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It happens every year. There’s a moment when suddenly I notice that the light has changed. Days are shorter and shadows are longer. Chinese pistache trees begin to turn color and the squirrels in my garden go nuts.

This is the time when savvy California gardeners perk up as it’s prime time for planting in our Mediterranean climate. Planting in September and October, while the ground is still warm and rain is on its way (we fervently hope), allows new plantings to establish roots. By settling in now, these new plants will be ready for the flush of growth in spring.

Many California native plants are actually dormant in summer. Fall planting lets you enjoy their emergence from dormancy into winter growth and bloom.

I tend to use my own garden as a laboratory, researching plants and testing them to see how they do. As the drought lingers and we become more aware of the need to support the ecosystem in our gardens (and not just in the wild), I’ve been increasingly going native.

My goal: a garden that offers year-round beauty with minimal use of resources (water, fertilizer and the sweat of my brow). I also want a landscape that maximizes support for local native flora and fauna, including me.

I’ve made mistakes. I’ve underestimated how big a happy native plant can get and I’ve misjudged what happens when I over or under-water a native. But I love seeing the change of seasons, the buzz of life and the splashes of color in my garden all year. All I need to do to nurture that rhythm is to clean up twice a year.

Many of us have responded to drought by reducing irrigation or eliminating turf in our landscapes. But drought or no drought, California has arid summers and probably always will. According to the Association of California Water Agencies, more than 50 percent of residential water use takes place outdoors. The federal Environmental Protection Agency estimates that half of that water is wasted by inefficient and unnecessary delivery.

Plants adapted to our rainfall and temperature patterns need little or no irrigation once they’re established. The University of California, in collaboration with top landscape professionals and horticulturists, has developed the Water Use Classification of Landscape Species. This online database is a useful tool for determining the actual water needs of the plants commonly used in California landscapes, grouping them by region and type.

The database gives most of our native plants two irrigation designations, one for the cool season and one for the warm season. California mountain lilac (Ceanothus species) is classified as M/L, for moderate water in winter and low water during the warm months. California fuchsia (Epilobium canum) is classified as L/VL, adapted to low water in winter and very low water in summer.

In most settings, an established native plant needs (and wants) no additional water unless winter rain is scarce. Wet soil in summer can trigger oak root fungus (Armillaria mellea) and other soil-borne pathogens that can kill a stressed plant or shorten its lifespan.

A few native plants can tolerate or even benefit from occasional supplemental water in summer, and some enjoy a light hosing off (think summer shower in the foothills) or a deeper drink once a month or so. But don’t overdo it. When planting, try to group plants with similar needs for sunlight, drainage and water.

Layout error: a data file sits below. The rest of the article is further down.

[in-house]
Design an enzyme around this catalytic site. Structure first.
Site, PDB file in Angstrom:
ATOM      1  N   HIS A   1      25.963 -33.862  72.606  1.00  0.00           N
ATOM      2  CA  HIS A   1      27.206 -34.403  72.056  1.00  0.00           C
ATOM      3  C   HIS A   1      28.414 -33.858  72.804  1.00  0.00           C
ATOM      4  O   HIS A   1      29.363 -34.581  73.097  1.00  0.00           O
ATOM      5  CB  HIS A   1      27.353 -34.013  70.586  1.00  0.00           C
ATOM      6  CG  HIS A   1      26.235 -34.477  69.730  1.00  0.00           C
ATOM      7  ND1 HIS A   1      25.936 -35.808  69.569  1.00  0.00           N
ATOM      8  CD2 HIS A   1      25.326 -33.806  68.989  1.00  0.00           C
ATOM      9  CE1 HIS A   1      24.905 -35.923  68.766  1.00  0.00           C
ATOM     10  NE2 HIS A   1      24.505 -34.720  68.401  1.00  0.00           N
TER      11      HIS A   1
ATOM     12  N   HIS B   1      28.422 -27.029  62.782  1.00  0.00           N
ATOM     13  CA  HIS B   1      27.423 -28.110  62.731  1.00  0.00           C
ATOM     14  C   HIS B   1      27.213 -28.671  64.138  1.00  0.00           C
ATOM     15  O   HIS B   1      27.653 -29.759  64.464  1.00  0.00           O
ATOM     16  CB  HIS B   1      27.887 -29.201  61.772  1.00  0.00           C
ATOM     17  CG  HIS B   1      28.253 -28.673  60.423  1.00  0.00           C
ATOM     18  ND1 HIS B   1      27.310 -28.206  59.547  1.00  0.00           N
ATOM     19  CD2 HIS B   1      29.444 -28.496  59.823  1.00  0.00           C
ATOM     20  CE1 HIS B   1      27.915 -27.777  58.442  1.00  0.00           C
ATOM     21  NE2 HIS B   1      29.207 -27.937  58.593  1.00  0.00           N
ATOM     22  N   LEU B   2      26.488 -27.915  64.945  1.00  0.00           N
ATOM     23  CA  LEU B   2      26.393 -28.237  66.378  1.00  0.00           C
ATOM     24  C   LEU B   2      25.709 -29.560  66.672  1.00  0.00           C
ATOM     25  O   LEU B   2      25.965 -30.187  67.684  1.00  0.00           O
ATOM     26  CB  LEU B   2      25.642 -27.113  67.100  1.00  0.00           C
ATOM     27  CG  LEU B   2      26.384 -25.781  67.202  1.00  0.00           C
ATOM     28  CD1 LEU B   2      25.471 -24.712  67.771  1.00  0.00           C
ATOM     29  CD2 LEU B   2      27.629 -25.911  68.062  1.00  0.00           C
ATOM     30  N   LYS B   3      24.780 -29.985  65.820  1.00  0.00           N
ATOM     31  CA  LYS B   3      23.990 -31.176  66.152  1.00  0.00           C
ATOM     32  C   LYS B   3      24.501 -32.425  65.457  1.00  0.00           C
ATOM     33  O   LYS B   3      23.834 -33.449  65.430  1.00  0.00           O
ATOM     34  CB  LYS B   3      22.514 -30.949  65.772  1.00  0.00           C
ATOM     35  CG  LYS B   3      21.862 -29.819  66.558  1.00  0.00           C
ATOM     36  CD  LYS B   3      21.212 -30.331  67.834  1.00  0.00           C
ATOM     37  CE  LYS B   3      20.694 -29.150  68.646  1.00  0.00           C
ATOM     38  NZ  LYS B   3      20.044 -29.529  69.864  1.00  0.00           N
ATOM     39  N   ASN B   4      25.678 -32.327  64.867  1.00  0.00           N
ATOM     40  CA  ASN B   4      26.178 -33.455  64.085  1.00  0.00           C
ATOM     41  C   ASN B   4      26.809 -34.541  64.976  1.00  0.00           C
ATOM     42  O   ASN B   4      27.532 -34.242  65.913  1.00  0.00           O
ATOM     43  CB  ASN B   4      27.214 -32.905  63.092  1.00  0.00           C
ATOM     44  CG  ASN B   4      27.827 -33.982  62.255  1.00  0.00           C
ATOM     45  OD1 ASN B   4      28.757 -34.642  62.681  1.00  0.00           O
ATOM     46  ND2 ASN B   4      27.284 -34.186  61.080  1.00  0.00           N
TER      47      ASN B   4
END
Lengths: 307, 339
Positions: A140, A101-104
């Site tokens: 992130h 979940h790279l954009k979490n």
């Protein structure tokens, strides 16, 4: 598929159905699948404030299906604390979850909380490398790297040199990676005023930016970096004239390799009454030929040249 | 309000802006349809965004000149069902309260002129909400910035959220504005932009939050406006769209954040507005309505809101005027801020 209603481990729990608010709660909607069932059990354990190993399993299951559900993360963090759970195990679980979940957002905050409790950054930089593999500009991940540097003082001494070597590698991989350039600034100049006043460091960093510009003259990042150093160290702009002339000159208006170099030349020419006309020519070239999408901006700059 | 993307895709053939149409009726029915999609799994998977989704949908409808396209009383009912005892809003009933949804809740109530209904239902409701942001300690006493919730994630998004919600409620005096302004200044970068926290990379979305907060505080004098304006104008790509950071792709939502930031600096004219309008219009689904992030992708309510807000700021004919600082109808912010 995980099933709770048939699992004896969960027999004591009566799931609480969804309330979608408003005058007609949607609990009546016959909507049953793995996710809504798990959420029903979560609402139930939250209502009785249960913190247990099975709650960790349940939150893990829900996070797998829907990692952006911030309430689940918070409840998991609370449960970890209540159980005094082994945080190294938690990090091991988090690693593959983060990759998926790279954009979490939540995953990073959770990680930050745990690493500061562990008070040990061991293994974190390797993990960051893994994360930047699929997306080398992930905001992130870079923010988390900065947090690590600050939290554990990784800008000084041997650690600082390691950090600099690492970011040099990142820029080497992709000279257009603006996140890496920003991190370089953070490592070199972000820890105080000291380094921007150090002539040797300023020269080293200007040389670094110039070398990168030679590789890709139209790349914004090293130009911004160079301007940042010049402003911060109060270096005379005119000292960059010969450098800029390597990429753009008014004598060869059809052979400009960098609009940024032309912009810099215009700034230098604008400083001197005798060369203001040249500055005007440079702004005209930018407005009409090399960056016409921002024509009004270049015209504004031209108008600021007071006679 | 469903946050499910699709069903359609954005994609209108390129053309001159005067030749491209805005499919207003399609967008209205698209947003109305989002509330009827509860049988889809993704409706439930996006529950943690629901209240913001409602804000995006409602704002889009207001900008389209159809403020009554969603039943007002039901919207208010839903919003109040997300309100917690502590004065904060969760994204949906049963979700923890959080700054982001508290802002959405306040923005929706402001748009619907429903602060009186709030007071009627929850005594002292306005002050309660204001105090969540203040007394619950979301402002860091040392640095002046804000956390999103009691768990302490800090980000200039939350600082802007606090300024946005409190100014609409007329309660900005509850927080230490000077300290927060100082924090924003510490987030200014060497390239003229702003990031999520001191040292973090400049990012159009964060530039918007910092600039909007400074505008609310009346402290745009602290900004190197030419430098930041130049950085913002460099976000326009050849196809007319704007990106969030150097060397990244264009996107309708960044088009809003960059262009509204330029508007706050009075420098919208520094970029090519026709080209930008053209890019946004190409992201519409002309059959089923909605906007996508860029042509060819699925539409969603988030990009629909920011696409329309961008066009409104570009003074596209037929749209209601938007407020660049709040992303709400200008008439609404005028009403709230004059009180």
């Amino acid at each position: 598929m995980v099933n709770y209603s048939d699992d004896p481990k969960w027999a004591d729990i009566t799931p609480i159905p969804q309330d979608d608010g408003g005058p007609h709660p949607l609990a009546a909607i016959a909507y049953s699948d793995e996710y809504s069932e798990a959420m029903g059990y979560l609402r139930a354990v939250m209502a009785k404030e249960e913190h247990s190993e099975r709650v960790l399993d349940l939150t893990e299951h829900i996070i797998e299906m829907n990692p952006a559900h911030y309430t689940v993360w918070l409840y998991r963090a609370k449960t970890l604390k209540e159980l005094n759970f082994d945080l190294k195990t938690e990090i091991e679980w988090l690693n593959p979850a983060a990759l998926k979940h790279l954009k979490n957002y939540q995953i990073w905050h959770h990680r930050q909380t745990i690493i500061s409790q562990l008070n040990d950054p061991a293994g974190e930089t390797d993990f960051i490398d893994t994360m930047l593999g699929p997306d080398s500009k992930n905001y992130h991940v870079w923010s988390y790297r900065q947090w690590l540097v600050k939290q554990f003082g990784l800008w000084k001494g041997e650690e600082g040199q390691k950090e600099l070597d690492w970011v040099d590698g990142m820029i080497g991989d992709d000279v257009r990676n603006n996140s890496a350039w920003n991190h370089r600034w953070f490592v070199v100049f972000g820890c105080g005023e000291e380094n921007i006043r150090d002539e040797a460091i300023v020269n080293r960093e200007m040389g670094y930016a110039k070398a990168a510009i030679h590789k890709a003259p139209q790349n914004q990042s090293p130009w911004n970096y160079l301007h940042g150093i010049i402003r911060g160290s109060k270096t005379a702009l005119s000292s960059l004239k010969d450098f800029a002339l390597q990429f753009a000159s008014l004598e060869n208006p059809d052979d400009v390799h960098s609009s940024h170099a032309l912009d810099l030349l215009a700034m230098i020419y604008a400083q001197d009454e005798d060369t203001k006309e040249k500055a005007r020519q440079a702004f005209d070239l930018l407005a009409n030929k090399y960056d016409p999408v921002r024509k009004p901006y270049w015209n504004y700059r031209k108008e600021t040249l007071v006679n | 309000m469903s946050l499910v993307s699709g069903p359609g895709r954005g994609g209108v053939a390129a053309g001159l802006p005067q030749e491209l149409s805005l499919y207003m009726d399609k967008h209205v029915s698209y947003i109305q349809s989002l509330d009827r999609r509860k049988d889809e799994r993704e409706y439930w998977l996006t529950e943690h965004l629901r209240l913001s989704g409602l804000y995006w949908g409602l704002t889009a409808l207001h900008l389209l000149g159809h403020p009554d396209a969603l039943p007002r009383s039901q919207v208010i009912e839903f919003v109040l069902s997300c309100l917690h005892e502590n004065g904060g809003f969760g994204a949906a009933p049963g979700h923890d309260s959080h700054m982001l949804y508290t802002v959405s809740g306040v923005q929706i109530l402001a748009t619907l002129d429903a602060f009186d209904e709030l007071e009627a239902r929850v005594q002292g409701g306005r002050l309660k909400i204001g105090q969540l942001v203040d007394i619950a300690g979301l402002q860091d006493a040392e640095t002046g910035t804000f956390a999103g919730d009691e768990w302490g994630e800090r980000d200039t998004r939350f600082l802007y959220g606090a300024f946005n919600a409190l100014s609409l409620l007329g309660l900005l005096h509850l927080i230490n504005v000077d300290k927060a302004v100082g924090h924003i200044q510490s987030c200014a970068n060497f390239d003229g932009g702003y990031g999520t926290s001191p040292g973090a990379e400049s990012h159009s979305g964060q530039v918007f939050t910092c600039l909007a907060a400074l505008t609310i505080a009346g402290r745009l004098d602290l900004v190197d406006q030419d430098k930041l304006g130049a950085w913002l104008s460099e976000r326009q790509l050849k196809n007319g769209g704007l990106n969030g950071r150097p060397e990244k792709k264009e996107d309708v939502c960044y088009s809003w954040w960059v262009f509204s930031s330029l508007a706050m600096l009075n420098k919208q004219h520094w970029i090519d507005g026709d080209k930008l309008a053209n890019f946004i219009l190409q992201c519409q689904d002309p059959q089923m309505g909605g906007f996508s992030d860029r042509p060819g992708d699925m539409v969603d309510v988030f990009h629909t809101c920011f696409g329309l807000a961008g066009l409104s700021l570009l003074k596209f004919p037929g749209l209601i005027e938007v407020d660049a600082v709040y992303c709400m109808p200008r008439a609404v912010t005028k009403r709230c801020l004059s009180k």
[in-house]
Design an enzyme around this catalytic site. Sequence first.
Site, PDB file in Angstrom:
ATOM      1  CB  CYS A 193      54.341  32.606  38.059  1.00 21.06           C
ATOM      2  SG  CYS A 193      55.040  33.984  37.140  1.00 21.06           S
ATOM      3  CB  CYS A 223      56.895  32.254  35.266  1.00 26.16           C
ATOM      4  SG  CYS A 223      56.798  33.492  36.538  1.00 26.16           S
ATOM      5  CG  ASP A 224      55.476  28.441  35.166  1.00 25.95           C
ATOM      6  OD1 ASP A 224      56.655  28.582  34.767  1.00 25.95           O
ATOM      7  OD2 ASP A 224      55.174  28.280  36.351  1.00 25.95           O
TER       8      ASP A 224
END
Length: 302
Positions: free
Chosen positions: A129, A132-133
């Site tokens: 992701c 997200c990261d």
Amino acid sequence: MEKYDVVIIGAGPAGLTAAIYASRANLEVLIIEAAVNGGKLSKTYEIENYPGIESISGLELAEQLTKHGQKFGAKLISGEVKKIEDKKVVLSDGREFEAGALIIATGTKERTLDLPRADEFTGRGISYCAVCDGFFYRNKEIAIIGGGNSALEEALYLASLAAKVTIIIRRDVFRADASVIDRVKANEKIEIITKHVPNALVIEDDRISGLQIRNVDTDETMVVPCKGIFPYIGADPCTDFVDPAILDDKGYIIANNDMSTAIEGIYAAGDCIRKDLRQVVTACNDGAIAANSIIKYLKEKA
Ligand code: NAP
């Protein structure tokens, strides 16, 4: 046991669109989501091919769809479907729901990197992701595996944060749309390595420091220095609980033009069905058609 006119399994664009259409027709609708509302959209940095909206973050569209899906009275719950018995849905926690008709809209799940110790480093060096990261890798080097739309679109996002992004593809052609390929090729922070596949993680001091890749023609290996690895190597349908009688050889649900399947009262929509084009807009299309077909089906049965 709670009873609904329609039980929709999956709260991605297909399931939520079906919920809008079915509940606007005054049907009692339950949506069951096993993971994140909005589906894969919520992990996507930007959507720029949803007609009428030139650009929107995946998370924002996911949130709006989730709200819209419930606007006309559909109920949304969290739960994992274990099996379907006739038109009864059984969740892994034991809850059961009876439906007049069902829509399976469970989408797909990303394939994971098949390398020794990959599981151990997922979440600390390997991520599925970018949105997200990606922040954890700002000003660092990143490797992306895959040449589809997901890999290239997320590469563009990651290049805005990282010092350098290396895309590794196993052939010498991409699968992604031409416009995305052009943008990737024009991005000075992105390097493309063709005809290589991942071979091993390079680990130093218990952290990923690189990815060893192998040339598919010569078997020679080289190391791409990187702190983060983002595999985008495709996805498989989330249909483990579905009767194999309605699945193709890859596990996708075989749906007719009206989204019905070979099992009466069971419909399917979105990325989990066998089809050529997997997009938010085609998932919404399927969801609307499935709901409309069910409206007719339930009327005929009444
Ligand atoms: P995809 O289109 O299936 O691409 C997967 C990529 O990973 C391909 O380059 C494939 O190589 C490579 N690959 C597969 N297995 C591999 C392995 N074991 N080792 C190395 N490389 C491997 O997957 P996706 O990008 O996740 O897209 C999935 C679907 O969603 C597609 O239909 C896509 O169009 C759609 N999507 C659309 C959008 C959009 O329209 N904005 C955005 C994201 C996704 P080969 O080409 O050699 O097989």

In deciding where to place natives in your garden, picture where they grow in the natural landscape. California has a wide range of habitats and ecosystems, elevations and soils. A plant adapted to a shady streambed or redwood forest will have different needs than one adapted to open oak savannah or dry chaparral. Finding or creating the microclimate they like will help native plants live a long, healthy life.

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Native plants have evolved to resist local pests and diseases, reducing the need for pesticides or other interventions. In fact, beneficial insect species have evolved along with the natives, timing their egg-laying and brood-hatching to munch on pesky invaders.

You may need to put up with a few chewed or distorted new leaves until the beneficial species tie on their little capes and swoop to the rescue. A little toleration goes a long way in letting a garden find its ecological balance. If you must intervene, use Integrated Pest Management (IPM) practices for the least intrusive approach. Look online (http://ipm.ucanr.edu/) for the University of California’s IPM recommendations.

Consider leaving some seed heads, berries and dormant vegetation to provide food and shelter for over-wintering birds and beneficial insects. You’ll enjoy the life and movement in your garden and nature will thank you.

Choose plants that bring year-round interest, varying bloom times or offering winter leaf color and berries. Know each plant’s mature size before planting. Less pruning means less work for you, less stress for the plant and less waste in the recycling stream.

Include a diversity of species to more closely mimic nature and make it less likely that pests will thrive. Notice what thrives in your area. If a plant is happy in nature and you can replicate that environment in your garden, you can bring the feel of nature home.

Native Plant Sale: U.C. Master Gardeners of Napa will have an information table at the California Native Plant Society (CNPS) Napa Chapter’s plant sale on Saturday, Oct. 15, and Sunday, Oct. 16, from 10 a.m. to 4 p.m., at Skyline Park in Napa. The preview party for CNPS members and guests is Friday, Oct. 14, from 6 to 8 p.m., at Skyline Park.

UC Master Gardeners of Napa County ( http://ucanr.edu/ucmgnapa/) answer gardening questions on Monday, Wednesday and Friday, 9 a.m. to noon, at the UC Cooperative Extension office, 1710 Soscol Ave., Suite 4, Napa, 707-253-4143.

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